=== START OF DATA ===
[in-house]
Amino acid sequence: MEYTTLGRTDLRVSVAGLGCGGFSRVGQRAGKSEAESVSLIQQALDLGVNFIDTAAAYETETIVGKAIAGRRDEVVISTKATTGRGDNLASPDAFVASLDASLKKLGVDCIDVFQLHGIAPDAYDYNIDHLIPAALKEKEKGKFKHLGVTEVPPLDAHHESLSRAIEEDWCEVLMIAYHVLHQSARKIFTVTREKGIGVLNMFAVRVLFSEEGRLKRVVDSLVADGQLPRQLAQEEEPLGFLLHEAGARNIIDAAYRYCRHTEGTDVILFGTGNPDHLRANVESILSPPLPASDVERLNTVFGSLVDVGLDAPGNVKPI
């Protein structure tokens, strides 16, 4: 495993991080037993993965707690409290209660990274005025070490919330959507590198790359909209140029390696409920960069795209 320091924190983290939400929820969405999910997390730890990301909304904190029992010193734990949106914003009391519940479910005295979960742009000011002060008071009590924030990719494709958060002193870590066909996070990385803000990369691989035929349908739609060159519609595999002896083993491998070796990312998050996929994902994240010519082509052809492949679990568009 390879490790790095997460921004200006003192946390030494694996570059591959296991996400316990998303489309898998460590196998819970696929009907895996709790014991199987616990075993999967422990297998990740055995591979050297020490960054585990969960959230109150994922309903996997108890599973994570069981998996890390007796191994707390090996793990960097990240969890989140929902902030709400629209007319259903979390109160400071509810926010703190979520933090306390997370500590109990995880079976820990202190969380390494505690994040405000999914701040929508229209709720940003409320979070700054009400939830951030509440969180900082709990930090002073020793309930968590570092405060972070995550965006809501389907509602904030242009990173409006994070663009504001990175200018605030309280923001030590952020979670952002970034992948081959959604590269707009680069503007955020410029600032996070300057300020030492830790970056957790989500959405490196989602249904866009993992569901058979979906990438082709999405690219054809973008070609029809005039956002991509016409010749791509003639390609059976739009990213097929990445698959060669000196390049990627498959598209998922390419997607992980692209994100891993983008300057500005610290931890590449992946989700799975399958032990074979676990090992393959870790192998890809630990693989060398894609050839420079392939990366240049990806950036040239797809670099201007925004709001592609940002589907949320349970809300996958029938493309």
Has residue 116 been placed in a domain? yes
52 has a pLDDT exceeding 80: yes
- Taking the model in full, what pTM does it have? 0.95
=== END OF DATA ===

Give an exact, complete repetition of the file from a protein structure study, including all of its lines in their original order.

[in-house]
Amino acid sequence: MEYTTLGRTDLRVSVAGLGCGGFSRVGQRAGKSEAESVSLIQQALDLGVNFIDTAAAYETETIVGKAIAGRRDEVVISTKATTGRGDNLASPDAFVASLDASLKKLGVDCIDVFQLHGIAPDAYDYNIDHLIPAALKEKEKGKFKHLGVTEVPPLDAHHESLSRAIEEDWCEVLMIAYHVLHQSARKIFTVTREKGIGVLNMFAVRVLFSEEGRLKRVVDSLVADGQLPRQLAQEEEPLGFLLHEAGARNIIDAAYRYCRHTEGTDVILFGTGNPDHLRANVESILSPPLPASDVERLNTVFGSLVDVGLDAPGNVKPI
């Protein structure tokens, strides 16, 4: 495993991080037993993965707690409290209660990274005025070490919330959507590198790359909209140029390696409920960069795209 320091924190983290939400929820969405999910997390730890990301909304904190029992010193734990949106914003009391519940479910005295979960742009000011002060008071009590924030990719494709958060002193870590066909996070990385803000990369691989035929349908739609060159519609595999002896083993491998070796990312998050996929994902994240010519082509052809492949679990568009 390879490790790095997460921004200006003192946390030494694996570059591959296991996400316990998303489309898998460590196998819970696929009907895996709790014991199987616990075993999967422990297998990740055995591979050297020490960054585990969960959230109150994922309903996997108890599973994570069981998996890390007796191994707390090996793990960097990240969890989140929902902030709400629209007319259903979390109160400071509810926010703190979520933090306390997370500590109990995880079976820990202190969380390494505690994040405000999914701040929508229209709720940003409320979070700054009400939830951030509440969180900082709990930090002073020793309930968590570092405060972070995550965006809501389907509602904030242009990173409006994070663009504001990175200018605030309280923001030590952020979670952002970034992948081959959604590269707009680069503007955020410029600032996070300057300020030492830790970056957790989500959405490196989602249904866009993992569901058979979906990438082709999405690219054809973008070609029809005039956002991509016409010749791509003639390609059976739009990213097929990445698959060669000196390049990627498959598209998922390419997607992980692209994100891993983008300057500005610290931890590449992946989700799975399958032990074979676990090992393959870790192998890809630990693989060398894609050839420079392939990366240049990806950036040239797809670099201007925004709001592609940002589907949320349970809300996958029938493309």
Has residue 116 been placed in a domain? yes
52 has a pLDDT exceeding 80: yes
- Taking the model in full, what pTM does it have? 0.95